The pesticides not only kill the “Pests”, they also kill natures pest killers like the birds – birds eat more bad bugs than all the pesticides every invented, or they would if we would only let them live. (I used to wake up to the “Noise” of so many birds singing that you could not get back to sleep.) Now you are lucky to see a dozen songbirds in a day. When I was a child they were everywhere, literally thousands of them. The chemical companies have a lot to answer for. We “need” more and more chemicals to kill bugs because the chemicals have killed the natural predators. As I said the birds of course, but also the lace wing, the toad, frogs, snakes, spiders, moles, earthworms, ladybugs, hoverflies, turtles, salamanders, lizards, dragonflies, wasps, bats, praying mantises – all these creatures spent their days, and nights, eating the pests that we now spend money to buy poisons to kill, and they did it for free! And looked interesting for kids to look at and watch and learn about. Most of today’s children have not seen most of the interesting creatures on that list of beneficial insects, and would not recognize them if they did see one. They will likely think that if one appears in their garden – a beneficial insect – that it needs to be killed, and out will come the poisons.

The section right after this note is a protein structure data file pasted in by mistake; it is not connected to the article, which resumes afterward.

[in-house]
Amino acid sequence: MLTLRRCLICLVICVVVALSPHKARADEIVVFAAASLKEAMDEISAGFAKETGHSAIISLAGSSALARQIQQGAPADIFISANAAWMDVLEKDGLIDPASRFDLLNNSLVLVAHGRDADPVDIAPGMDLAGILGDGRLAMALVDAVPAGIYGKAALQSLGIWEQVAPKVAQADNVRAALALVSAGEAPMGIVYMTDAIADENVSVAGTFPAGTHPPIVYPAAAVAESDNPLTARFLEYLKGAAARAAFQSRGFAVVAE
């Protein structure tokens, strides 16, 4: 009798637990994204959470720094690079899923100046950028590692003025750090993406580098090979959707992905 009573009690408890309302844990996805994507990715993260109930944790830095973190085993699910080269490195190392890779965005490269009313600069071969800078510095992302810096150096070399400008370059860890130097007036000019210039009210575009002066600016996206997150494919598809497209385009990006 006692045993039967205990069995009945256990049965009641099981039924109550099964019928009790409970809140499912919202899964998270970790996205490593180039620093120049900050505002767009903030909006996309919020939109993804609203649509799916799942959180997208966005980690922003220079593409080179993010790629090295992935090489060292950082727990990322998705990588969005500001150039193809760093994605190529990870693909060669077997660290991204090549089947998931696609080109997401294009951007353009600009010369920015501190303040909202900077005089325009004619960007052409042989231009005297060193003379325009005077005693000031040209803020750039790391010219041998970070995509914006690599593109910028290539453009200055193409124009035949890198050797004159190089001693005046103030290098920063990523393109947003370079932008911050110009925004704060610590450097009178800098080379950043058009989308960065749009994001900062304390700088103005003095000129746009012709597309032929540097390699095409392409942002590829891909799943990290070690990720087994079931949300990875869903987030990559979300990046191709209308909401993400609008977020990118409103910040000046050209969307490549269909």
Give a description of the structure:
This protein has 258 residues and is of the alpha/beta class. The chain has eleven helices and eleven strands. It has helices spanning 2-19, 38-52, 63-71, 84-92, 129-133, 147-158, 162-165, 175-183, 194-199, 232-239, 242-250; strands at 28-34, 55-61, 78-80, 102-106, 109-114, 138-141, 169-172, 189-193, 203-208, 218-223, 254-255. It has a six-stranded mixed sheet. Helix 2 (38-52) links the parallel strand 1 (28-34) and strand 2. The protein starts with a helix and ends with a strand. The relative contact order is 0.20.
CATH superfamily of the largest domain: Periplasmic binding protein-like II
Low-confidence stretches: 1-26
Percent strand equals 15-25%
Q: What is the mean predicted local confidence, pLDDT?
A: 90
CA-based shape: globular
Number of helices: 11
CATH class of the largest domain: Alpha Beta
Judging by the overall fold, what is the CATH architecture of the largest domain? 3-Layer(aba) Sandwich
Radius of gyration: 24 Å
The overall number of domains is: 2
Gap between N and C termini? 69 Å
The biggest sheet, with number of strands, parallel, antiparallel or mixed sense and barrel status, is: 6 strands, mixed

• Amanda says

      I love the look of more natural lawns, but I still seem to have empty patches and moss in mine. Can you recommend a resource for natural lawn care? Preferably something cheap and easy. :)

      • Elaine in Ark says

        My former neighbor used compost and manure, and pulled weeds by hand. He had the best looking lawn in the neighborhood.